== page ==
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Genesis of a Historical Novel

Tuesday, April 17, 2007

Da Vinci scene 1, take 2

After my critique of the opening scene of Dan Brown's The Da Vinci Code over the past couple of posts, I have decided to stump up some prose of my own as an alternative. I've just sketched in a rewrite of the first part of the scene, using the principles that I've mentioned in the previous posts.

Curious?

If you want to refresh your mind as to how the real book opens, check this post first.

Here's what I came up with:

A telephone was ringing--tinny, strange. Robert Langdon, dragged from a deep sleep, felt a spike of alarm in the cavelike darkness.

Where the hell am I?

The room was hot and still; he smelled stale cigarette-smoke. Paris. Yes: Hotel Ritz. Relieved to remember where he was, but not liking the dark, he fumbled for the bedside lamp and switched it on, snatching up the telephone handset as he sank back into the massive bed.

"Hello?" he croaked.

"Mr. Langdon? I'm very sorry to disturb you." It was the concierge, the short guy with dyed hair. His English was excellent. "There is a policeman here who wants to speak with you."

"What?" said Langdon. He glanced at the bedside clock: 12:32 A.M.

"I told him to wait until tomorrow, but he says it is urgent."

"What?"

"I don't know what it's about," said the concierge. "He wouldn’t say."

As though searching for an answer, Langdon looked dumbly around the pretentious opulence of his Louis XVI room: its heavy drapes, its frescoed walls.

Five sharp raps sounded on his door.

Langdon jerked involuntarily, an instinct to run away. He remembered stories of how the Gestapo would always show up in the middle of the night. He could see why. His heart thumped, his mind was blank.

"Am I under arrest?" he said.

"Oh no Mr. Langdon," said the concierge, "I don’t think so."

You don't think so? thought Langdon.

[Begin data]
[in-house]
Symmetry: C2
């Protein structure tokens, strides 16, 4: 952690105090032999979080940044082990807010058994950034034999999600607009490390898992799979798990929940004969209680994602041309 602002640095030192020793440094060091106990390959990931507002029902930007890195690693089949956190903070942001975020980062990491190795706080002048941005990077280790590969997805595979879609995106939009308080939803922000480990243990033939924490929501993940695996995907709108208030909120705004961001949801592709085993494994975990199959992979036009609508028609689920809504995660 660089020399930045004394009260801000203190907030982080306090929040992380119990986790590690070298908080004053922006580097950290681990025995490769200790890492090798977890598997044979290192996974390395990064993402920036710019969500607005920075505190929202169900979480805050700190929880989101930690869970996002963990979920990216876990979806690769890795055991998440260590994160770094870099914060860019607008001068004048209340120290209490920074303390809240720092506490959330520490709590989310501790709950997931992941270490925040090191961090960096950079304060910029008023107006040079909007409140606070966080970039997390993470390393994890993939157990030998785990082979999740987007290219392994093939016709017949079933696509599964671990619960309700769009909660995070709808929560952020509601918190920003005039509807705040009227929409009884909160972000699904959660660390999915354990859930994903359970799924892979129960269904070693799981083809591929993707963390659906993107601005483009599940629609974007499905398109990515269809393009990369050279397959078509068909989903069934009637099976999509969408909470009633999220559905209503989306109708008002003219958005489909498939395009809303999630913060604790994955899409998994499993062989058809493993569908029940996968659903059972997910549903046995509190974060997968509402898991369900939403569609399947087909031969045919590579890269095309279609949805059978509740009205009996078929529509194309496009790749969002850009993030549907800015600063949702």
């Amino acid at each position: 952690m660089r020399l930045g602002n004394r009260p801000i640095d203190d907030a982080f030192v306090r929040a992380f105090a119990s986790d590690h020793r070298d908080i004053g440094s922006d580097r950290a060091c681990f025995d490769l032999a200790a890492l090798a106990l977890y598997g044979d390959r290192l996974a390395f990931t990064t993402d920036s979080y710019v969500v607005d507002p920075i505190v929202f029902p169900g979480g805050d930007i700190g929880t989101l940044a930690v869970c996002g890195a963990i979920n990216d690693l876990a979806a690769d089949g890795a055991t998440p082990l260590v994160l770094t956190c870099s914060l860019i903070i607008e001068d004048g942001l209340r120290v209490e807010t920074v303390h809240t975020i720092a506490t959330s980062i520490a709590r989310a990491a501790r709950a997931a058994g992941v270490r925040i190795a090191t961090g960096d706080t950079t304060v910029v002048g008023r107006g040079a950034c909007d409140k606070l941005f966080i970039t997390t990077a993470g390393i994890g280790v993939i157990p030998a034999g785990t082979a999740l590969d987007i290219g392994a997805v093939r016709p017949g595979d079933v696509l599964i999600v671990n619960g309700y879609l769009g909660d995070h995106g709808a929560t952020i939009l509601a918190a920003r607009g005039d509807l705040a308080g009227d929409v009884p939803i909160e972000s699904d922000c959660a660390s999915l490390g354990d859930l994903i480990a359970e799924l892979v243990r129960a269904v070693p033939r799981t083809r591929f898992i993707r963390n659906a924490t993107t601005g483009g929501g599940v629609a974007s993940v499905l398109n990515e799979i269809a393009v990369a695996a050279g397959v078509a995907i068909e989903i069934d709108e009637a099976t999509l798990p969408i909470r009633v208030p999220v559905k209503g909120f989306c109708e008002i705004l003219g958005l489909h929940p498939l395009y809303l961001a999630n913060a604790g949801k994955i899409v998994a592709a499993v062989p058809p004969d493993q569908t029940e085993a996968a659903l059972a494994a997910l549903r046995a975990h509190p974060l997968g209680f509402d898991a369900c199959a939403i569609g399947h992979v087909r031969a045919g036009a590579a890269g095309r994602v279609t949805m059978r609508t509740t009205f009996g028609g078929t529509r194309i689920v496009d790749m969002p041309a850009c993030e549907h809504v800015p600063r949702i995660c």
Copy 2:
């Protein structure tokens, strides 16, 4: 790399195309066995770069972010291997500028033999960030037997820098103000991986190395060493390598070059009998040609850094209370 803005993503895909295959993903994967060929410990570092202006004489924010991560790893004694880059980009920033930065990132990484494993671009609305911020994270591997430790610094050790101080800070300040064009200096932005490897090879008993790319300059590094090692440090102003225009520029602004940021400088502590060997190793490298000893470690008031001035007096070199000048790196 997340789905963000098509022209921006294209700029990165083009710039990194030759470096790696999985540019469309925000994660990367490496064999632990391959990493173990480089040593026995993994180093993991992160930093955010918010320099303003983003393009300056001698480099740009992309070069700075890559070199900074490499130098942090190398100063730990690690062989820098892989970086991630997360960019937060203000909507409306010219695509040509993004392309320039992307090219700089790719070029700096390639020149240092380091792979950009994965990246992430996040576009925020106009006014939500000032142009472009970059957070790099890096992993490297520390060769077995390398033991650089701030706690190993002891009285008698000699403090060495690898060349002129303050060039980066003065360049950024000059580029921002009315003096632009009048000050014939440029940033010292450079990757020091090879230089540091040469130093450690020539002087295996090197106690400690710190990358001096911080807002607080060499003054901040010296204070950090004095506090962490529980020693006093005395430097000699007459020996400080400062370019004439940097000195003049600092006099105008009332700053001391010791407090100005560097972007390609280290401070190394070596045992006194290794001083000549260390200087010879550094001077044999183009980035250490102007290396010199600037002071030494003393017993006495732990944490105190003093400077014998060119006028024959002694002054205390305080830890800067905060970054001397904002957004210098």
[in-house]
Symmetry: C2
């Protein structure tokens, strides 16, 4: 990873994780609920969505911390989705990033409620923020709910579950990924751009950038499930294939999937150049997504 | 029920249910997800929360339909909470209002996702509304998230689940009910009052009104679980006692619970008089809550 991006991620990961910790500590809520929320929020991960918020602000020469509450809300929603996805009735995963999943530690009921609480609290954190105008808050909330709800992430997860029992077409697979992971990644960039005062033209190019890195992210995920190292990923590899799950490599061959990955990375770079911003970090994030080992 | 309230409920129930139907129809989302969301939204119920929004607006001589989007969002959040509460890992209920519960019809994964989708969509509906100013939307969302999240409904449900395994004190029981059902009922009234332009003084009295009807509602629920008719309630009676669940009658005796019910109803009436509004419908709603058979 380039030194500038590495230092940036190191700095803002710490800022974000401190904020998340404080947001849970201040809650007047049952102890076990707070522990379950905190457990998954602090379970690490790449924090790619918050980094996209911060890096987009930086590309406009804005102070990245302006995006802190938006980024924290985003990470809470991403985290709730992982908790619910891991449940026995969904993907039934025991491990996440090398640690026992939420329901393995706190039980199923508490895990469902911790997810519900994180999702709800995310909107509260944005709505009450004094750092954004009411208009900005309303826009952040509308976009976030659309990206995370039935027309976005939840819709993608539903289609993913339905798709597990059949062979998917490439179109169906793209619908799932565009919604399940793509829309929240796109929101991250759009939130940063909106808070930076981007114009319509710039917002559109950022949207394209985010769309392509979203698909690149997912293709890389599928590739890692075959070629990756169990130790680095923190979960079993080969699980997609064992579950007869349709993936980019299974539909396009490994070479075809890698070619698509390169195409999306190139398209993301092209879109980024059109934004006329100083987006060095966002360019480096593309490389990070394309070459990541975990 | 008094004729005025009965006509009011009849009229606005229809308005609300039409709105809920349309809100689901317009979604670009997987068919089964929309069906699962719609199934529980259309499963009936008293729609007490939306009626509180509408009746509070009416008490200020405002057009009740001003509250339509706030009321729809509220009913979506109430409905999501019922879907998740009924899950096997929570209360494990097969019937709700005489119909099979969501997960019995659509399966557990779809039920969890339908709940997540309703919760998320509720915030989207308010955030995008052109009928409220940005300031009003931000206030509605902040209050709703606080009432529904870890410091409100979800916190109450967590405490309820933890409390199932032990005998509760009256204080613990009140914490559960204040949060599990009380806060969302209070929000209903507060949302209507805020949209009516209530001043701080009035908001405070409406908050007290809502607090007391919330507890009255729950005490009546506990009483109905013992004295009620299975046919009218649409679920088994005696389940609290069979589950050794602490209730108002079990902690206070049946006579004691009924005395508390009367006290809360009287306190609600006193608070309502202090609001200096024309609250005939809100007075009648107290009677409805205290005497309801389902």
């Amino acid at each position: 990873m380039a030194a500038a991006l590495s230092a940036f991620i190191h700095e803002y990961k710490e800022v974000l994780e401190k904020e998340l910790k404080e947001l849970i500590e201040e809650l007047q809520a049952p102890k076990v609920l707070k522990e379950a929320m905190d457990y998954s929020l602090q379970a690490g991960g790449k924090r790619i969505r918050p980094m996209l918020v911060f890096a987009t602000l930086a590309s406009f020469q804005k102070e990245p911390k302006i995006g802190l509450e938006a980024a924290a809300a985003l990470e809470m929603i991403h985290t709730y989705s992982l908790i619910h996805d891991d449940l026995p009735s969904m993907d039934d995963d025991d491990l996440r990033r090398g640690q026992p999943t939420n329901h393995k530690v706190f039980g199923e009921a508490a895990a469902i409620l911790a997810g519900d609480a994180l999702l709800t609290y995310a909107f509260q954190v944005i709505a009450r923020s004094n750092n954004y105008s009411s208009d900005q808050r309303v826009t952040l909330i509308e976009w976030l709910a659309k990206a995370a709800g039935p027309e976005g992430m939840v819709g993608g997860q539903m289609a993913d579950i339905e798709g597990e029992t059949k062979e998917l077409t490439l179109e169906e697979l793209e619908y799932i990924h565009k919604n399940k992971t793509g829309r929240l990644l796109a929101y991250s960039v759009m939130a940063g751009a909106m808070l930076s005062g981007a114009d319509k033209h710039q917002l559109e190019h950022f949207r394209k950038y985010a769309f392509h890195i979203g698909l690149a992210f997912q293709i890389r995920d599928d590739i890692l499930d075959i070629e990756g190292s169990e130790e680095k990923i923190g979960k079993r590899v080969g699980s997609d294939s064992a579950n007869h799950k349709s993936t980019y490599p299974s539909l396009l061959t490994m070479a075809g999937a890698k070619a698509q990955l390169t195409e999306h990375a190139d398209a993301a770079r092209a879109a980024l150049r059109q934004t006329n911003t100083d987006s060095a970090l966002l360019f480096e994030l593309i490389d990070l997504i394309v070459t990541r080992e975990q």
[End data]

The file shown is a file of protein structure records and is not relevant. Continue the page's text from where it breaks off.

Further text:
"It's very rude of them to disturb a guest at this hour," said the concierge. "We'll be filing a complaint."

Great, thought Langdon, you can keep me posted on that in my jail cell.

There were three more raps at the door.

"Hold on!" said Langdon, now feeling anger. To no one in particular he added, "Gotta put some clothes on." Then, sarcastically, into the phone: "Thanks for calling."

He hung up and swung his legs out of bed. The four-poster, too big for the room, sagged and creaked so much that Louis XVI had probably slept in it himself. No doubt his hosts, the American University in Paris, thought they were treating him well. A surge of adrenaline was making him tremble. Wanting to stop that before he opened the door, he took his time pulling on some underpants and putting on the hotel's monogrammed jacquard bathrobe.

Breathe deeply. Think. What have I done or seen in Paris that could possibly be of interest to the police?

Then another, much worse thought came: what if this was about his family back in Cambridge? Had his son crashed that goddamn motorcycle? Langdon strode to the door, no longer caring whether he trembled or not.

I think that instead of going to a flashback of Langdon's lecture, I would let backstory emerge in his interview with the cop. That seems a natural place for us to find out Langdon's job and what he's doing in Paris, and what he was up to today. Since the reader shares some of the same curiosity as the cop, the writer can use that to answer questions in the reader's mind.

It's not perfect--but I think it's better.


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1 Comments:

  • You should make money out of editing some of those bestsellers. I know a few that needed it. ;)

    Just one thing that struck me, though I admit it's a pet peeve of mine:
    The room was hot and still; he smelled stale cigarette-smoke. Paris. Yes: Hotel Ritz. Relieved to remember where he was, but not liking the dark, he fumbled for the bedside lamp and switched it on, snatching up the telephone handset as he sank back into the massive bed.

    The underlined phrase explains something the reader can already conclude by the pervious sensations, and I don't like to be told things I have already figured out. :)

    You could highten the claustrophobic feel from Landon's POV by saying:

    The room was hot, still, and dark - blackness without even a streak from the street lamps. He smelled stale cigarette-smoke. Paris. Yes: Hotel Ritz. Langdon took a deep breath, fumbled for the bedside lamp and switched it on, snatching up the telephone handset as he sank back into the massive bed.

    By Blogger Gabriele C., at April 19, 2007 4:21 PM  

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